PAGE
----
1874 Feb 28 9+ Carnatic London, England scarlet fever, measles
1874 Mar 5 13+ Scimitar Plymouth, England scarlet fever, measles Had 762 immigrants on board and of that number 280 were children.  There was much sickness on board and before New Zealand was reached there were 33 deaths, all except one infants. Six more died in quarantine. Ship later named the Rangitiki.
1874 June 8 9 SS Atrato Plymouth, England measles, croup/diptheria
1875 Jan 10 5 Margaret Galbraith Grenock, Glasgow, Scotland scarlet fever
1875 Feb 12 10+ Gareloch London, England scarlet fever
1875 Feb 17 15+ Oamaru Grenock, Glasgow, Scotland scarlet fever
1875 July 25 6+ Aldergrove Glasgow, Scotland measles Official enquiry results regarding rations and the doctors intoxication.
1875 Sept 30 1+ Invercargill Grenock, Glasgow, Scotland whooping cough The Invercargill made 26 trips to NZ.
1876 Feb 6 5 Corona London, England typhoid
1876 Nov 19 8+ Dunedin Greenock, Glasgow, Scotland measles Refitted with refrigeration (1881) made the first trip to engand with frozen meat in 1882.
1876 Dec 16 6+ Oamaru Greenock, Glasgow, Scotland measles, fever
1877 Mar 25 29 Gloucester Hong Kong, China smallpox Carrying workers from China.  Of 122 passengers, all male, 4 still had smallpox. Stayed in tents on the Island.
1877 Nov 21 9 Waipa Plymouth, England scarlet fever
1877 Dec 30 17 Canterbury Greenock, Glasgow, Scotland typhoid
1879 Mar 24 11 Lyttelton Greenock, Glasgow, Scotland scarlatina (scarlet fever)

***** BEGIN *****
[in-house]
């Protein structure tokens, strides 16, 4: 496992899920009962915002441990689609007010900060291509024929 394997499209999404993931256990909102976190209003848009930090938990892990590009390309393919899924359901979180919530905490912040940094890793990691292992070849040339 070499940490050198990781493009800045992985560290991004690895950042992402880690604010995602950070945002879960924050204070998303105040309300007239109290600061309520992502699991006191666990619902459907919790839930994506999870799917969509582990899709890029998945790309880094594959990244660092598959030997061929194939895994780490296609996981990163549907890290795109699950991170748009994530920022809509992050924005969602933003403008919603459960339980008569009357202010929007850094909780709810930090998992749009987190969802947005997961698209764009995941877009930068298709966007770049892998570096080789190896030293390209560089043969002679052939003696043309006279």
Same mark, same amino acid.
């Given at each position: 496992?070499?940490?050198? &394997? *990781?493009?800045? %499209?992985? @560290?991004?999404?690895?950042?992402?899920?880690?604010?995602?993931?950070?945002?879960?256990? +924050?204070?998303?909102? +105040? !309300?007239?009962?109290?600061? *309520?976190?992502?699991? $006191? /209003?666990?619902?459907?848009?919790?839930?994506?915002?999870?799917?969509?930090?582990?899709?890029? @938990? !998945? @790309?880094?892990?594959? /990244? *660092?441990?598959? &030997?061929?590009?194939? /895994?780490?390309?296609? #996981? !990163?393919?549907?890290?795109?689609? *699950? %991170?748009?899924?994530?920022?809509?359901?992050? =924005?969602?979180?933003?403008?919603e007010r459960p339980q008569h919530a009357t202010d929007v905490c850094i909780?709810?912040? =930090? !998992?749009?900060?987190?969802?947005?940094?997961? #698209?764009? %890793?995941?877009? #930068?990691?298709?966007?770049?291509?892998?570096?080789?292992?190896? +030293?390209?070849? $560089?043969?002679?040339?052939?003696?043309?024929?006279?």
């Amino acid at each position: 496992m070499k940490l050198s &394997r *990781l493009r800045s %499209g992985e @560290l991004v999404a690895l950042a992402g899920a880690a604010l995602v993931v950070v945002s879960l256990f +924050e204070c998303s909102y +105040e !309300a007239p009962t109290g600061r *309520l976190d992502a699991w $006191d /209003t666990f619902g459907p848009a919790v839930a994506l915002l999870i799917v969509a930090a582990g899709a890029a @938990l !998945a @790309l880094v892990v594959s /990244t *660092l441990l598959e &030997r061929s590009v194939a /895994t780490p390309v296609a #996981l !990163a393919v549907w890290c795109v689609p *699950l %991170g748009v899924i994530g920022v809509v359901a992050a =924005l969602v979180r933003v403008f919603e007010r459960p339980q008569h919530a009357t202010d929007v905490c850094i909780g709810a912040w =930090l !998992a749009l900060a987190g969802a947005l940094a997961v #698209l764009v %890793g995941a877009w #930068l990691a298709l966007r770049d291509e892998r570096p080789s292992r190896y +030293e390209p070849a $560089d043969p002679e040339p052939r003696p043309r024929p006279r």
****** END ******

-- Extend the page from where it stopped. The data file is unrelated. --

1879 Oct 2 7 Forfarshire London, England diphtheria
1879 Dec 23 6+ Auckland Greenock, Glasgow, Scotland measles
1880 Jan 7 5+ Marlborough Greenock, Glasgow, Scotland measles
1881 June 29 17 Charles Worsley London, England smallpox
1885 May 8 6 Arawa Plymouth, England smallpox
1887 Jan 29 7 Ruapehu Plymouth, England scarlatina (scarlet fever)
1889 Aug 28 5 Coptic Plymouth, England scarlatina (scarlet fever)
1892 Jan 19 51 Umvoti Mauritius, Africa smallpox Longest time in Quarantine
1894 May 23 21 Rimutaka London, England scarlet fever
1902 Aug 5 13 Orient Capetown, South Africa measles, smallpox Returning liner/troopship from the second Boer war. Twenty-one of the 1102 soldiers on board were quarantined for measles, a solider on this ship was later found to have smallpox.
1916 May 16 14 Willochra London, England smallpox Returning liner/troopship from WW1. Several soldiers were found to have smallpox. The ship was diverted and soldiers quarantined.  Private Wilson died and was in the Island cemetery until 1947. The Willochra  played an important role as a troopship in WW1

List of diaries of immigrants available at the Alexander Turnbull Library

Lists of ships and people that came to Port Chalmers

Known burials in the Island Cemetery, about 70 remain, mosting in unmarked garves

1. William KELLY, age 18 months, 18 July 1863, Victory.
2. Janet KAY (née Anderson), July 1863, Victory.
3. [John] DICKSON, age [52], [30] July 1863, Victory. [See note below]
4. Jessie MOIR, age early 20s, September 1863, Mataura.
5. Hugh TAIT, 23 September 1864, consumption, City of Dunedin.
6. Elizabeth Ann DOUGALL, age 7, 12 November 1865, daugther of Keeper (John Dougall).
7. — BATHGATE, girl, age under 5, 26 December 1870, Robert Henderson.
8.* William DOUGALL, age 5, 30 January 1871, scarlatina, son of Keeper.